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Issue #1462      7 July 2010

Culture & Life

Twilight and paranormal romance

In a perspicacious review of Eclipse, the third part of the Twilight film quartet, based on Stephenie Meyer’s serial novels, Paul Byrnes wrote in The Sydney Morning Herald that “these movies take seriously the depth of emotion that a young person feels in first love.

Robert Pattinson and Kristen Stewart star in The Twilight Saga: Eclipse.

“That is where their [the films’] power lies, not in the beauty of the actors. That is why Romeo and Juliet features strongly in their school scenes: Shakespeare also took it seriously.”

At the end of his review Byrnes poses the rhetorical question: “Does anyone go to these films to see a fight between werewolves and vampires?”

The answer, of course, is only the more brain-dead among adolescent males, although you would think they could find more than enough explosions and other mayhem in the run-of-the-mill exploitation movies that choke our screens most of the time.

As Byrnes points out, Catherine Hardwicke, the director of the first film in the series, “concentrated on the depth of emotion”. She set the tone and the look of the series, and was very faithful to the book. Like the book on which it was based, the first Twilight film was phenomenally popular, and not just with teenage girls.

The unfortunate Ms Hardwicke was presumably confident that she would go on to direct and help set up the subsequent films too, but it was not to be. Banks, not creative people, run the film industry. Ms Hardwicke was unceremoniously dumped and a succession of directors have helmed the later films in the saga.

For my money, hers remains the best of them so far. It has more emphasis on the people in the film and less on special effects. As Byrnes indicates, she emphasised emotion over violent action.

Under capitalism, films are big business, requiring big investments. Financial institutions back films if they think they are going to make money, not otherwise.

That is why there have been so many films that are sequels (or sometimes “prequels”), or remakes of earlier popular movies, or films based on popular TV series or even on computer games. The essential element is that the proposed film be something that is “presold”, whose potential return can be calculated by an actuary.

Banks and other financial sources considering putting up money for a film have formulae they use to determine the likely return on their investment. According to these formulae, they can calculate very precisely how much money a remake will take, for example.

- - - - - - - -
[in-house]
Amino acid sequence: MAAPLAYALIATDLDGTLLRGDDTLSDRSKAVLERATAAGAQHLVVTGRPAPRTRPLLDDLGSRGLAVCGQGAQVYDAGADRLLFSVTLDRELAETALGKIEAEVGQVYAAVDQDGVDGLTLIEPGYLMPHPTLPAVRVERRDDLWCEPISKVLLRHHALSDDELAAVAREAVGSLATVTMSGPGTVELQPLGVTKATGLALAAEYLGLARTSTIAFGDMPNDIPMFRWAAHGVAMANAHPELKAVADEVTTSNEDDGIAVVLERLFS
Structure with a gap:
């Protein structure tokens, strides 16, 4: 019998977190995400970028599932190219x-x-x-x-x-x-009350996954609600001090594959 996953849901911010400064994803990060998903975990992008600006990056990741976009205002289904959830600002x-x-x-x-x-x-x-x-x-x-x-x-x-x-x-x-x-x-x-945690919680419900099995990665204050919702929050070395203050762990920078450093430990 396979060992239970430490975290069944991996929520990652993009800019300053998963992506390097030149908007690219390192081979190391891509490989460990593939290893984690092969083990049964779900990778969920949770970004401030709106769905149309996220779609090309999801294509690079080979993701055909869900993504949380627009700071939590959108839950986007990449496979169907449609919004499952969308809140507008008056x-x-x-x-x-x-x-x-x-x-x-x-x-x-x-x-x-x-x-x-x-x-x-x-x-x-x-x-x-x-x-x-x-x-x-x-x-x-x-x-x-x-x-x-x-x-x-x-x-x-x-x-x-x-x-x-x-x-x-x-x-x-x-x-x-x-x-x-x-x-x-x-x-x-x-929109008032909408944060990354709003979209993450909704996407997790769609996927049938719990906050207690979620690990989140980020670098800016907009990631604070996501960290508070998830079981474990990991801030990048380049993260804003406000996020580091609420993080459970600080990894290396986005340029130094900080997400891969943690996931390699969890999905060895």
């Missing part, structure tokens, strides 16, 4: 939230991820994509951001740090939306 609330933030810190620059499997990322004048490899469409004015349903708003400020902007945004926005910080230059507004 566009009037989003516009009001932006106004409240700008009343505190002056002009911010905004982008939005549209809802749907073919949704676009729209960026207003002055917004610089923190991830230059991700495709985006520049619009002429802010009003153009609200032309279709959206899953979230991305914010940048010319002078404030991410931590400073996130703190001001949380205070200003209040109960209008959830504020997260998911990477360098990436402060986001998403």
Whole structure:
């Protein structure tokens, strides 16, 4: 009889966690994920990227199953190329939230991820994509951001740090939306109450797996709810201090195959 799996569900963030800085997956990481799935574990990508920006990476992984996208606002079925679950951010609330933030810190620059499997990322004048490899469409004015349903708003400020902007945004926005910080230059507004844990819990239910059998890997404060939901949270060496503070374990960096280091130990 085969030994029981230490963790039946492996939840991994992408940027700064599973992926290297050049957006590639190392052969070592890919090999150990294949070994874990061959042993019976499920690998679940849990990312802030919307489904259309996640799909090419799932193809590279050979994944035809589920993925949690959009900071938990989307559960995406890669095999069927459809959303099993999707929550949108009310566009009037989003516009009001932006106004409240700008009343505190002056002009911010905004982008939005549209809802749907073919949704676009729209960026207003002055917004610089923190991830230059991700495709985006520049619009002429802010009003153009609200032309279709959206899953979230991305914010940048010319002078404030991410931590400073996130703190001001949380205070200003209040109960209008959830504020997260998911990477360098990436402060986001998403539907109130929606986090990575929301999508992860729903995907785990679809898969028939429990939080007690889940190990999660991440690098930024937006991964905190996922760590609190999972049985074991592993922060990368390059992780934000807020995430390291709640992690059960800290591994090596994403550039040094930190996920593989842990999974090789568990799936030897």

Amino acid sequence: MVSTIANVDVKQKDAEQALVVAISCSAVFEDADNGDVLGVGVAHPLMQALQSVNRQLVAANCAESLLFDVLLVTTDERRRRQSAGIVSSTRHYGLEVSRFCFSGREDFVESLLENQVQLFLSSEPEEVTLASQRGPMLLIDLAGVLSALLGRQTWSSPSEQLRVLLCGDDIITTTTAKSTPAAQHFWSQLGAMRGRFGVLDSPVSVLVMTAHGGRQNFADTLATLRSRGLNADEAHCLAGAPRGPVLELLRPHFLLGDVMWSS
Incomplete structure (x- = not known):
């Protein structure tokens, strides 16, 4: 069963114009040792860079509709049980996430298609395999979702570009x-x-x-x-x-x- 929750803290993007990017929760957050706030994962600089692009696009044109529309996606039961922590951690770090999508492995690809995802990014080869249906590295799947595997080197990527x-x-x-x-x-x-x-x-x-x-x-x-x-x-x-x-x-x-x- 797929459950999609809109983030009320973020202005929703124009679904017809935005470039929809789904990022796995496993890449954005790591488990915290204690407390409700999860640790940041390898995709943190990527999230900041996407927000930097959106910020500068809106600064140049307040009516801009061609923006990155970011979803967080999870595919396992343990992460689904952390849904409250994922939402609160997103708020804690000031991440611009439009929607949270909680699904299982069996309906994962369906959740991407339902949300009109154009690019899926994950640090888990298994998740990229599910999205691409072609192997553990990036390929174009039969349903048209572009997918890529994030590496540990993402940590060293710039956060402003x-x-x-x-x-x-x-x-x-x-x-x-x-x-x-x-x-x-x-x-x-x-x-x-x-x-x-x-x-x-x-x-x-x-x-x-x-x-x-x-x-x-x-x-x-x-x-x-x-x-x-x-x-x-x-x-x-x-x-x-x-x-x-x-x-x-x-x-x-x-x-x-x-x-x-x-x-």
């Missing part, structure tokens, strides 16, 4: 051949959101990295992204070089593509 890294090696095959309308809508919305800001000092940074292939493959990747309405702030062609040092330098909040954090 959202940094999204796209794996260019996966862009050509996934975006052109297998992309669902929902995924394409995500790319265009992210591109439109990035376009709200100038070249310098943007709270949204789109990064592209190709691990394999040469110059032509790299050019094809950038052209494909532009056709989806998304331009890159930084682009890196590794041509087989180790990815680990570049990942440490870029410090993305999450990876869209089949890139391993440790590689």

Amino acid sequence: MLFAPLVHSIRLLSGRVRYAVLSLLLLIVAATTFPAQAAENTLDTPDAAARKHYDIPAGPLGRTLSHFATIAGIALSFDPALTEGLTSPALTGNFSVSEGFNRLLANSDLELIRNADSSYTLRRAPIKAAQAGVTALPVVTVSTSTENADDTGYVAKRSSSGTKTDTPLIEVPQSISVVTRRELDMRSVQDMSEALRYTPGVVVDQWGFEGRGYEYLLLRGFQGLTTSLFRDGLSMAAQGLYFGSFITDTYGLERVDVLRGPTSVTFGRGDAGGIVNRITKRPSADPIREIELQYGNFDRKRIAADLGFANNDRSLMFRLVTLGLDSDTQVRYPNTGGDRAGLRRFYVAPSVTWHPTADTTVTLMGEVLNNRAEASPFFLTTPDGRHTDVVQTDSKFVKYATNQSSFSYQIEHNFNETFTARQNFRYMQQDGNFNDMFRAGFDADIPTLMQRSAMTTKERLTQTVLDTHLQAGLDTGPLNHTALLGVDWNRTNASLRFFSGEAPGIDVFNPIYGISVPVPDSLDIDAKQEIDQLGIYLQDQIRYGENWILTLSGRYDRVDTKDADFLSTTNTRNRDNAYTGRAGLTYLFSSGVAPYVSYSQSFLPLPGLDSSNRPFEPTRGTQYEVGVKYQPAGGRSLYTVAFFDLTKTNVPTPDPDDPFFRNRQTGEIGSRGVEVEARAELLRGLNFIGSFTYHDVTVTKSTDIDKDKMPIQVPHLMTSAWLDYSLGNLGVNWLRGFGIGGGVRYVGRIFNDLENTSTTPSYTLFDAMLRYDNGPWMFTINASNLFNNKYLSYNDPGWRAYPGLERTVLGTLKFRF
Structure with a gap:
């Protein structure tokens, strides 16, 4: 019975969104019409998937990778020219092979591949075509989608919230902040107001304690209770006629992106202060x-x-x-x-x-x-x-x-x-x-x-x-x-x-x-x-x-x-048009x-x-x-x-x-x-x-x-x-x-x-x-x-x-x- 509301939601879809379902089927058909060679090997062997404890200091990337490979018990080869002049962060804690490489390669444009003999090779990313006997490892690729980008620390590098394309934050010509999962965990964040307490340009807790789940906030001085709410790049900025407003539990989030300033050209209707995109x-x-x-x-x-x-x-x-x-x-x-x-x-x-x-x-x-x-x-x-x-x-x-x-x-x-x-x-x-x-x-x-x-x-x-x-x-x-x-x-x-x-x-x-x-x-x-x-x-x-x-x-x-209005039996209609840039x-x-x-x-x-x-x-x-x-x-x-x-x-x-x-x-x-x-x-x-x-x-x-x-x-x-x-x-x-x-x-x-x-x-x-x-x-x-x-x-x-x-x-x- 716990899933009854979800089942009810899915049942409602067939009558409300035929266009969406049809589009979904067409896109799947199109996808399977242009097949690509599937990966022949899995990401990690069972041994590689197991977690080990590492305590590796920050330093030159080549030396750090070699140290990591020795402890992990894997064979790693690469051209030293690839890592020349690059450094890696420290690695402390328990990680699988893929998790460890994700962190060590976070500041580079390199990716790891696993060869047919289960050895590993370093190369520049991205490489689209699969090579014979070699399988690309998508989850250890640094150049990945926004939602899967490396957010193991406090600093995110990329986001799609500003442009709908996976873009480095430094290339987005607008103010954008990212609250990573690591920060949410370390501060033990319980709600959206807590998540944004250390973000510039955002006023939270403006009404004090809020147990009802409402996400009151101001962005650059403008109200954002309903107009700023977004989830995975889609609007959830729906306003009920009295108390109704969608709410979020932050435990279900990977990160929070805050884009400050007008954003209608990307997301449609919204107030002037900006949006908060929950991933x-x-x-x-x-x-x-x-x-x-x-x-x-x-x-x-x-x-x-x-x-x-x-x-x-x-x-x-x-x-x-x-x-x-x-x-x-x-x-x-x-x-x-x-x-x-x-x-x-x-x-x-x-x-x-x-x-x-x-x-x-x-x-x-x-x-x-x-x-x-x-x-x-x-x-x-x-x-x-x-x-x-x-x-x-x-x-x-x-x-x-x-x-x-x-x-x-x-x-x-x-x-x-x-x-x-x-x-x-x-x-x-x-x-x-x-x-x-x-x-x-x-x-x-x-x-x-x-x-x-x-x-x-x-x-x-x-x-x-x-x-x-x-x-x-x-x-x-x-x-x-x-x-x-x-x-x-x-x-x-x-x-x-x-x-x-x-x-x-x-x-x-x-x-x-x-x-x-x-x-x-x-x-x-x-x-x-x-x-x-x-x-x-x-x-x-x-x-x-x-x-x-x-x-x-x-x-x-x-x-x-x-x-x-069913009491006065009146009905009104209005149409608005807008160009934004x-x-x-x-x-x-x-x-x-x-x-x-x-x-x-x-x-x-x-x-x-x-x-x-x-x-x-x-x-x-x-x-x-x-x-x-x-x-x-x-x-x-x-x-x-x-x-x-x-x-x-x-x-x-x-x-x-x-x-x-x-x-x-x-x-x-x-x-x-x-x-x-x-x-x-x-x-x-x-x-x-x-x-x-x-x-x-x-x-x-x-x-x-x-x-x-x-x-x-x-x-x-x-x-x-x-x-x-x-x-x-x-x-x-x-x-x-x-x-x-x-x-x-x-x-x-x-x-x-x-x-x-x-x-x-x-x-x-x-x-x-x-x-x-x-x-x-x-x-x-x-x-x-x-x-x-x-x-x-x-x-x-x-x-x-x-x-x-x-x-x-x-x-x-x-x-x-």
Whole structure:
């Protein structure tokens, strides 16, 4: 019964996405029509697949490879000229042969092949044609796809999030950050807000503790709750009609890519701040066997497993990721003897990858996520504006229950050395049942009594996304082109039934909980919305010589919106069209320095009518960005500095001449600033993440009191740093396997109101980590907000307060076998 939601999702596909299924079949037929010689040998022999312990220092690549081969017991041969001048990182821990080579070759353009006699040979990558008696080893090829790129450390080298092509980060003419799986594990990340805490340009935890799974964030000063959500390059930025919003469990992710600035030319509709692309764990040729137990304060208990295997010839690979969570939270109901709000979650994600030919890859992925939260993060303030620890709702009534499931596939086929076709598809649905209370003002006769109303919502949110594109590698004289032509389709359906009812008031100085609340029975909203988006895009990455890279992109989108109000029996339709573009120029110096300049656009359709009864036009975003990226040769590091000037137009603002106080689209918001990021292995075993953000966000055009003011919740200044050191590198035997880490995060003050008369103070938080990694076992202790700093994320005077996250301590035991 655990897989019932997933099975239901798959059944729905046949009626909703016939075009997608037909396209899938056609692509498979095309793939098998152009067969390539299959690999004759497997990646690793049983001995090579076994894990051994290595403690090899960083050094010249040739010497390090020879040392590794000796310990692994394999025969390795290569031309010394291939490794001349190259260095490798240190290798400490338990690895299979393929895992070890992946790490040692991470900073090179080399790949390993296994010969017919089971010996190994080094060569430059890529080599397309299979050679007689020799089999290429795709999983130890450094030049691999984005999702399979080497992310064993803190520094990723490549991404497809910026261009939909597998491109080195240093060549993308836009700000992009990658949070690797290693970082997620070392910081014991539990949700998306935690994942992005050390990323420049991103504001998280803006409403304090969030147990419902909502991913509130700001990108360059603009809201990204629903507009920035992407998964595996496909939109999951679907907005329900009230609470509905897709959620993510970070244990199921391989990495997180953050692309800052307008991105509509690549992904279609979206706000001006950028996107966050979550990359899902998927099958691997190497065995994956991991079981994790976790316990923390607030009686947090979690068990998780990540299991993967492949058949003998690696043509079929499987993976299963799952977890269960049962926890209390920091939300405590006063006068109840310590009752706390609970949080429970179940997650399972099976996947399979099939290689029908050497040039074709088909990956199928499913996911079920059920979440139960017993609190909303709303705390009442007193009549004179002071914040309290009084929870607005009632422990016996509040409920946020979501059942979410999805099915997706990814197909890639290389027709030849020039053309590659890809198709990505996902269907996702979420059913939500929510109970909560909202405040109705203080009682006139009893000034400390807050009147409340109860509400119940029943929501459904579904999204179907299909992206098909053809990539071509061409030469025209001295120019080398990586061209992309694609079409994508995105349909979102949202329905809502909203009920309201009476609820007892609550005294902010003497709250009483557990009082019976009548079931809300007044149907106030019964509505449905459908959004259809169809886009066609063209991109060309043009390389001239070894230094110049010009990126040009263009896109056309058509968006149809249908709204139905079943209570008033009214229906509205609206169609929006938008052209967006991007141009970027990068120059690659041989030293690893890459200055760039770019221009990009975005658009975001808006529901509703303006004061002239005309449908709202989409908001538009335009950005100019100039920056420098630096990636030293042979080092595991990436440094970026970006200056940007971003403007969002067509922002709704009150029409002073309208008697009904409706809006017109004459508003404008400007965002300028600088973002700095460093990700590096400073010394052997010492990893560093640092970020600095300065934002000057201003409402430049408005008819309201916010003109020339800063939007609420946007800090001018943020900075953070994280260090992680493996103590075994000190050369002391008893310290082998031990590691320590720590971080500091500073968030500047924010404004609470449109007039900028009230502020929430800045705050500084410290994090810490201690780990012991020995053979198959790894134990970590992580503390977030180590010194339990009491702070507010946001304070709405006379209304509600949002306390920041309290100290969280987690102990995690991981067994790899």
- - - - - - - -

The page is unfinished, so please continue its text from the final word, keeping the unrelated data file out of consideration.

It is a known percentage of what the original took, modified by how long ago the original was released, by the pulling power of the actors who will appear in the new version, sometimes by the popularity of the director as well, possibly by the topicality or otherwise of the theme.

This is why a totally original film without well-known stars is simply not “bankable” these days: without a big studio behind the project able and willing to invest its own money in a film, independent productions languish on the vine.

The Twilight films, however, are based on a very successful series of novels. They are part of a phenomenally popular literary genre that today fills lots of space in any modern bookshop’s shelves: paranormal romance.

There is plenty of other paranormal fiction to choose from as well – sword and sorcerer fantasy, sci-fi fantasy, horror, and much more.

Stephenie Meyer’s Twilight books are a slow exploration of a love affair between a human and a vampire. By contrast, her sci-fi novel, The Host, is about a love affair between a human and a violet centipede, part of an invasion force of parasitic creatures that have taken over the Earth. It is told from the point of view of the parasite, whose human host is also in love with the same man.

In many ways, I like it better than the Twilight books. They will have great trouble making it into a film, however!

The various genres of paranormal and fantasy fiction inevitably overlap. Their range extends from Philip Pullman’s very imaginative His Dark Materials series (Northern Lights, etc) at one end to Charlaine Harris’ Sookie Stackhouse novels at the other end.

Pullman’s series encompasses not only intersecting universes but also a war with Heaven. The villain in this series is very much organised religion. The film version of the first book in his series was called The Golden Compass and it did fair business, but any sequel has been blocked by the hostility of the Catholic Church in particular, which has frightened off the necessary investors.

Harris’ novels about Louisiana telepath Sookie Stackhouse are a delightful mixture of mystery, adventure and romance (with a dash of sex). Harris includes almost every kind of magical being in her books, but the setting remains rooted in normalcy.

There is a lot of trashy paranormal literature around, such as Nancy Collins’ novels about the vampire Sonja Blue or Sherrilyn Kenyon’s Dark Hunter novels (advertised as Buffy The Vampire Slayer meets Sex And The City!). Many of these are loaded with almost pornographic sex scenes, but their mix of magic and violence is so divorced from credibility it simply becomes boring.

One series that is well worth finding in your local library (or bookshop) is Cassandra Clare’s The Mortal Instruments (City of Bones, City of Ashes, etc). This is genuinely exiting, highly imaginative and very well written. Its array of magical creatures includes fairies, vampires, demons and angels, all of them portrayed with great conviction. I can thoroughly recommend Clare’s dazzling trilogy.  

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